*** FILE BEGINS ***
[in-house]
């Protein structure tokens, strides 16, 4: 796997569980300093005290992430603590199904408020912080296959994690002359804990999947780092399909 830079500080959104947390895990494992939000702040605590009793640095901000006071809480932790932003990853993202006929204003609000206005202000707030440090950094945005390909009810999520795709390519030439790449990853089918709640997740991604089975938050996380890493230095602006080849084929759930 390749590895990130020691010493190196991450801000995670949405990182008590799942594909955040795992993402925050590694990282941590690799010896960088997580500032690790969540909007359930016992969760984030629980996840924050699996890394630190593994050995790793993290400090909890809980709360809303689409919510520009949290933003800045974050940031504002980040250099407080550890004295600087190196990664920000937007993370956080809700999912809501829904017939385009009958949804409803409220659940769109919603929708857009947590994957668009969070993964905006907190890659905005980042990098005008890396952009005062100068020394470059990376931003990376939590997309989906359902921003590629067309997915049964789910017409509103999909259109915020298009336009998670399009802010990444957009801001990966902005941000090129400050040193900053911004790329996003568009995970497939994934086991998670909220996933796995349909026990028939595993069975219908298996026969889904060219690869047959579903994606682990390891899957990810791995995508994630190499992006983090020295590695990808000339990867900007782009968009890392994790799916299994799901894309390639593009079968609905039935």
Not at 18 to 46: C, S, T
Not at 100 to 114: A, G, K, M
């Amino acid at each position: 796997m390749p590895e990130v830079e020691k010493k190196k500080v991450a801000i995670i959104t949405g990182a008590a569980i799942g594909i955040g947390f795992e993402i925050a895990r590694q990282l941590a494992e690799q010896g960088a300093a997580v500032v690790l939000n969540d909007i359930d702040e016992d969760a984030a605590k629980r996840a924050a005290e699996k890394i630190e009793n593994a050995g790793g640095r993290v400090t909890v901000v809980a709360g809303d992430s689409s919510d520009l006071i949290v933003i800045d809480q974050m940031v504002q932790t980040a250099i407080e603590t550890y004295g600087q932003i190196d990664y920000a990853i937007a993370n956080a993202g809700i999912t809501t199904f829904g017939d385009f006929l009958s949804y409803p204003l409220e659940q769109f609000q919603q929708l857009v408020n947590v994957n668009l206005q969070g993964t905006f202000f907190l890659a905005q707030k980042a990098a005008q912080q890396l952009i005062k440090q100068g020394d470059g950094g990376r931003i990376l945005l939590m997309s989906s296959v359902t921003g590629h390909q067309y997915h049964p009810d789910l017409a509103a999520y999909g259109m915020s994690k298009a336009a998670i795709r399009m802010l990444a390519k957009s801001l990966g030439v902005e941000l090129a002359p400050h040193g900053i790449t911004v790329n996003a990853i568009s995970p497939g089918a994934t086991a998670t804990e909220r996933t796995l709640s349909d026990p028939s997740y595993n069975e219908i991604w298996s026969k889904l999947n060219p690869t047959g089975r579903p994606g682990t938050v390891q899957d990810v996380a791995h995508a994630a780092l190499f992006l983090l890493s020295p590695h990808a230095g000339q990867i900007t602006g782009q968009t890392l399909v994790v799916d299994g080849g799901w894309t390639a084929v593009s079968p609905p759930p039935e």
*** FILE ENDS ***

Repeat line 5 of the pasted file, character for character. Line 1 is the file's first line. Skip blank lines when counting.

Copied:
């Amino acid at each position: 796997m390749p590895e990130v830079e020691k010493k190196k500080v991450a801000i995670i959104t949405g990182a008590a569980i799942g594909i955040g947390f795992e993402i925050a895990r590694q990282l941590a494992e690799q010896g960088a300093a997580v500032v690790l939000n969540d909007i359930d702040e016992d969760a984030a605590k629980r996840a924050a005290e699996k890394i630190e009793n593994a050995g790793g640095r993290v400090t909890v901000v809980a709360g809303d992430s689409s919510d520009l006071i949290v933003i800045d809480q974050m940031v504002q932790t980040a250099i407080e603590t550890y004295g600087q932003i190196d990664y920000a990853i937007a993370n956080a993202g809700i999912t809501t199904f829904g017939d385009f006929l009958s949804y409803p204003l409220e659940q769109f609000q919603q929708l857009v408020n947590v994957n668009l206005q969070g993964t905006f202000f907190l890659a905005q707030k980042a990098a005008q912080q890396l952009i005062k440090q100068g020394d470059g950094g990376r931003i990376l945005l939590m997309s989906s296959v359902t921003g590629h390909q067309y997915h049964p009810d789910l017409a509103a999520y999909g259109m915020s994690k298009a336009a998670i795709r399009m802010l990444a390519k957009s801001l990966g030439v902005e941000l090129a002359p400050h040193g900053i790449t911004v790329n996003a990853i568009s995970p497939g089918a994934t086991a998670t804990e909220r996933t796995l709640s349909d026990p028939s997740y595993n069975e219908i991604w298996s026969k889904l999947n060219p690869t047959g089975r579903p994606g682990t938050v390891q899957d990810v996380a791995h995508a994630a780092l190499f992006l983090l890493s020295p590695h990808a230095g000339q990867i900007t602006g782009q968009t890392l399909v994790v799916d299994g080849g799901w894309t390639a084929v593009s079968p609905p759930p039935e």